Felder steps into the role of Chopin with complete credibility—from his Polish accent and rendering of Chopin’s artistic temperament to his concert-level playing of some of the most exquisitely lush piano music ever written.  He plays selections from some 15 pieces—polonaises, valses, preludes, mazurkas, and nocturnes—and seems to be spontaneously working them into the story as he goes.  Felder guides you with information about the inventive and enlivening forms that characterized Chopin’s brilliance—even in his youth, he was keenly aware of the fine-line between improvising and composing—as well as his love of Polish songs and dances.   And this is as much the story of music’s golden age as well—an incredibly compressed period, some 200 years— when musical and artistic genius flooded middle Europe.  How profound when Chopin says, “When I was 17 and had my debut, Bach had died 78 years earlier.”  Bach’s compositional genius influenced him heavily and Bach was an importance point of reference when he was teaching his students. This was also a time when high drama characterized the life of composers and transfixed the public, as much as Hollywood does today.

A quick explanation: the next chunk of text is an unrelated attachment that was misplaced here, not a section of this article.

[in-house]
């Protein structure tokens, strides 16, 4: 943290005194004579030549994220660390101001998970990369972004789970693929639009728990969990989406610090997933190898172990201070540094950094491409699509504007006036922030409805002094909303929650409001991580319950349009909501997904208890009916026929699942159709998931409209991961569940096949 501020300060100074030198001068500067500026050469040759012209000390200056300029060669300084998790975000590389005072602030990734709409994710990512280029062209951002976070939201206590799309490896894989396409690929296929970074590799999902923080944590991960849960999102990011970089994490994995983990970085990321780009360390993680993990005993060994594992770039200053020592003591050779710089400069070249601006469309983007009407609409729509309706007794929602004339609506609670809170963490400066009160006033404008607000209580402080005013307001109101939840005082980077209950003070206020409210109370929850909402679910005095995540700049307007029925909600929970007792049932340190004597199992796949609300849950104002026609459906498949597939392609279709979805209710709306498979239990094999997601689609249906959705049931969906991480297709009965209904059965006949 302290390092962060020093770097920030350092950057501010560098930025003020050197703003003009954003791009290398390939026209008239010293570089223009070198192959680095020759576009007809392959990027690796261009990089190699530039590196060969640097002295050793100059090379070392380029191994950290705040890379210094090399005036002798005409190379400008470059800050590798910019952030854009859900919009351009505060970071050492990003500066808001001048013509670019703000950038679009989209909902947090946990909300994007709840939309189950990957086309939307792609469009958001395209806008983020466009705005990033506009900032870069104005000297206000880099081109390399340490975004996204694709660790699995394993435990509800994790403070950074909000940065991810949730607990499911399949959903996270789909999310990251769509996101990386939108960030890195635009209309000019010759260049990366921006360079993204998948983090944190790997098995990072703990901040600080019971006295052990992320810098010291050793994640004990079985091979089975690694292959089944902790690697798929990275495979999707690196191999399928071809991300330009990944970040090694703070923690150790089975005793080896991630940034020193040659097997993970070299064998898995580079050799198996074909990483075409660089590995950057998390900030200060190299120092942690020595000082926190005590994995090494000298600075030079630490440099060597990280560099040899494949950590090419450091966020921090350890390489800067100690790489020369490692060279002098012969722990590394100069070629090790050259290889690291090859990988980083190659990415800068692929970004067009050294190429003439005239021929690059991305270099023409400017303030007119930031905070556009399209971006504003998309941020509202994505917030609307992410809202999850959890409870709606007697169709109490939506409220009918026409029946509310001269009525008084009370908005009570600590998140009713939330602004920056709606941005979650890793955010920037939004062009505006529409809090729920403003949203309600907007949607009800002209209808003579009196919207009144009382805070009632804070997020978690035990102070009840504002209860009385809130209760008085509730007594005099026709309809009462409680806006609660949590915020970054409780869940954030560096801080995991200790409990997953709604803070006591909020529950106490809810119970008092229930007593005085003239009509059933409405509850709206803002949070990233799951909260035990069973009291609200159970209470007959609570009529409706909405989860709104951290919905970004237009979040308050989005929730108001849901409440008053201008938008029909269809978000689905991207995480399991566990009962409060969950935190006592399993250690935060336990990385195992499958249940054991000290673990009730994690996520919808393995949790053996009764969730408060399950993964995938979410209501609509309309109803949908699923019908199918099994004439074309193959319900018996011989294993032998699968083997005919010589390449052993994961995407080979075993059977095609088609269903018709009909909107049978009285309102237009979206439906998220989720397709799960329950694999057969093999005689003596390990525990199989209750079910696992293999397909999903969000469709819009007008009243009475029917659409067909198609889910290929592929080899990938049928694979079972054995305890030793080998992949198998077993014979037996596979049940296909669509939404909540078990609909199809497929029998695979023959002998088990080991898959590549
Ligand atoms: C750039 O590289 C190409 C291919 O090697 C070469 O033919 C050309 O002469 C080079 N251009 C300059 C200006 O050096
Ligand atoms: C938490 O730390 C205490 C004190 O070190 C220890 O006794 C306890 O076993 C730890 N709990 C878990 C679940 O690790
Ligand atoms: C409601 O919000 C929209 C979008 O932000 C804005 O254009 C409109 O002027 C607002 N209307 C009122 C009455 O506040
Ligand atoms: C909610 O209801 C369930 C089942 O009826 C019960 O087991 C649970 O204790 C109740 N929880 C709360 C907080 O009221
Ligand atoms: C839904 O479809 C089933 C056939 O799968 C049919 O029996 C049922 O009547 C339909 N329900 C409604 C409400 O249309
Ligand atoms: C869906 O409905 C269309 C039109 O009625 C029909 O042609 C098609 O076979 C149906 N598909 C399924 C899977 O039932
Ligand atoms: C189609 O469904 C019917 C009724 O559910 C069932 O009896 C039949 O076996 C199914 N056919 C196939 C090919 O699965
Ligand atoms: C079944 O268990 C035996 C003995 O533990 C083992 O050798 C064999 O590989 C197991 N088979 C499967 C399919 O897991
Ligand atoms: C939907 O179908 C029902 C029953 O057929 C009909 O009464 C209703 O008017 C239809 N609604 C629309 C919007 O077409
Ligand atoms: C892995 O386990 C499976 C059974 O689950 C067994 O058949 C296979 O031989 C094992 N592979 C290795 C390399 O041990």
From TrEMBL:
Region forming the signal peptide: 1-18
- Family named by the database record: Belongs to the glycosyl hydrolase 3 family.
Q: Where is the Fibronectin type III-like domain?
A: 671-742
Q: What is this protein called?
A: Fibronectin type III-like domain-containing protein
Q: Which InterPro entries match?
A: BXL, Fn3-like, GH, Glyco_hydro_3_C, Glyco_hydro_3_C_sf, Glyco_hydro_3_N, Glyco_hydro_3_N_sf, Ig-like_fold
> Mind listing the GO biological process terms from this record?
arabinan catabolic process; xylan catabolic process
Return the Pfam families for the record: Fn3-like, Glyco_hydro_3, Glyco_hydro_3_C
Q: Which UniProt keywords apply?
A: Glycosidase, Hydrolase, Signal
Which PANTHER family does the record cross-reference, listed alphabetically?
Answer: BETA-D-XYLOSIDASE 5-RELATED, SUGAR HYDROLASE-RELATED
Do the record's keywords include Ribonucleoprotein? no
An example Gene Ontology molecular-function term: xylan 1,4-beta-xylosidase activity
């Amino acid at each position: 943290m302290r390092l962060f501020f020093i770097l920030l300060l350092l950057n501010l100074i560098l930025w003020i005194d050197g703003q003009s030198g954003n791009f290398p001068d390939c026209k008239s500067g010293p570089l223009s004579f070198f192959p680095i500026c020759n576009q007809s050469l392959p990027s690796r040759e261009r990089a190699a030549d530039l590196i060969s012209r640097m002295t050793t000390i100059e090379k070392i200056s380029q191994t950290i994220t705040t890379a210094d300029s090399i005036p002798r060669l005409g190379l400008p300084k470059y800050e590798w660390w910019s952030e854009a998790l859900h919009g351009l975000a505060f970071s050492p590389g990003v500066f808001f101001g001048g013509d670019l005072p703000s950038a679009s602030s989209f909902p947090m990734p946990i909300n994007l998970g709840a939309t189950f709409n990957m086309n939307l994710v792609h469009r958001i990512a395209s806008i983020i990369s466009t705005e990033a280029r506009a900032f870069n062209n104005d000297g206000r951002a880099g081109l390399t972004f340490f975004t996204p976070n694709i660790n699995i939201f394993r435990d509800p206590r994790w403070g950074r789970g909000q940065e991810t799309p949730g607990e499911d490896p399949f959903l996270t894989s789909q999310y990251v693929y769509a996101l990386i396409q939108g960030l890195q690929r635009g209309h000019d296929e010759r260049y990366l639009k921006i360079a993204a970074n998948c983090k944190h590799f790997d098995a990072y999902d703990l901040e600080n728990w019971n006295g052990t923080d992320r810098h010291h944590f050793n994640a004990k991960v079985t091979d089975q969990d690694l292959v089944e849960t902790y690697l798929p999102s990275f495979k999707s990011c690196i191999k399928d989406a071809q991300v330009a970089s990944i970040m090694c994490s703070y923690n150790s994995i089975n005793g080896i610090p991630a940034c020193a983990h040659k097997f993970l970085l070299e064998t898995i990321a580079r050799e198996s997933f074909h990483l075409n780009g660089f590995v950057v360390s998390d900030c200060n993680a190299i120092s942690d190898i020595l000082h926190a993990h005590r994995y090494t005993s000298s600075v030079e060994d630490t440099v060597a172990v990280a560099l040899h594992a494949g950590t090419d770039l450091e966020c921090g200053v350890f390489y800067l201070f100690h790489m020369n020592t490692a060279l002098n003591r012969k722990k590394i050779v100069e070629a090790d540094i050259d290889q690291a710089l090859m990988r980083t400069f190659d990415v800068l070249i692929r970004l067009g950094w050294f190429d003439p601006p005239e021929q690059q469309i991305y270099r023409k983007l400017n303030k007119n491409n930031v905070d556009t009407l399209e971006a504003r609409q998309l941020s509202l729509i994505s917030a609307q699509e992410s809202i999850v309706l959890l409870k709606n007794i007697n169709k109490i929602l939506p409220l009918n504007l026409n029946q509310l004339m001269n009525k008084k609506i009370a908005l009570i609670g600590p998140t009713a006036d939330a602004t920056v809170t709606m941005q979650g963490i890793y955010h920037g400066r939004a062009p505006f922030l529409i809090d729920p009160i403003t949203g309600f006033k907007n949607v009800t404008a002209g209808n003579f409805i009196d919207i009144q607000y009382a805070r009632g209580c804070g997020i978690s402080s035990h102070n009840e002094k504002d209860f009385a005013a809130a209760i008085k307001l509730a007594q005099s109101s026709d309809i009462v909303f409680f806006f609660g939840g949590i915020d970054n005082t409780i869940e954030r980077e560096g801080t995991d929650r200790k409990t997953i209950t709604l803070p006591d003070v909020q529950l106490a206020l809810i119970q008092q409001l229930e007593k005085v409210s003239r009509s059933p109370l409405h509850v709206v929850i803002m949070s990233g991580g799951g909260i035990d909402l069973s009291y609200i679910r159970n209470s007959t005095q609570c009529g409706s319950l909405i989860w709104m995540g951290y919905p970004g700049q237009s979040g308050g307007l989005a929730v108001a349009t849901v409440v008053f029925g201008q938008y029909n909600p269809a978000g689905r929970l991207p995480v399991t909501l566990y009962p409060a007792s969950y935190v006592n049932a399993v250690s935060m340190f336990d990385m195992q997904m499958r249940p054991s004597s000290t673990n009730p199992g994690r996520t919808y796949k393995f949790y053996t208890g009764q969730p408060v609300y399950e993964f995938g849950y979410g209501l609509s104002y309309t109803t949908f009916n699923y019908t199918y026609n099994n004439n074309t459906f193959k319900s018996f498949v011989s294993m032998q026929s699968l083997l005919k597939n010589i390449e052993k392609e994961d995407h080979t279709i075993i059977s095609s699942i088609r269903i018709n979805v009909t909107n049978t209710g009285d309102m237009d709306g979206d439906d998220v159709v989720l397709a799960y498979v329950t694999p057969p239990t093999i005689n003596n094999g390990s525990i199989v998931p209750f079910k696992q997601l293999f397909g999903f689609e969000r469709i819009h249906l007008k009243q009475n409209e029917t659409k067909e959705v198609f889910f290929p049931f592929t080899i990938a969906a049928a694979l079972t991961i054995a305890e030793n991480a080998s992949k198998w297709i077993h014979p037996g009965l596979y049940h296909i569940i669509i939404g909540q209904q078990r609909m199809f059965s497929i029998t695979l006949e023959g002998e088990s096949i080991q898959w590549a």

As a small boy, self-taught Chopin made up his own music almost at once, intuitively understanding the intimate relationship between improvising and composing. When he was seven, his first teacher wrote down one of his lush improvisations, a polonaise, and had it published.  At his first appearance in Paris, on February 26, 1832, he performed a concerto he had debuted to great success in Warsaw.  Both Liszt and Mendelssohn attended and heaped praise upon him.  Chopin’s reputation as a pianist is based on just thirty or forty concerts…it was salon playing that sealed his reputation.  Photo: John Zich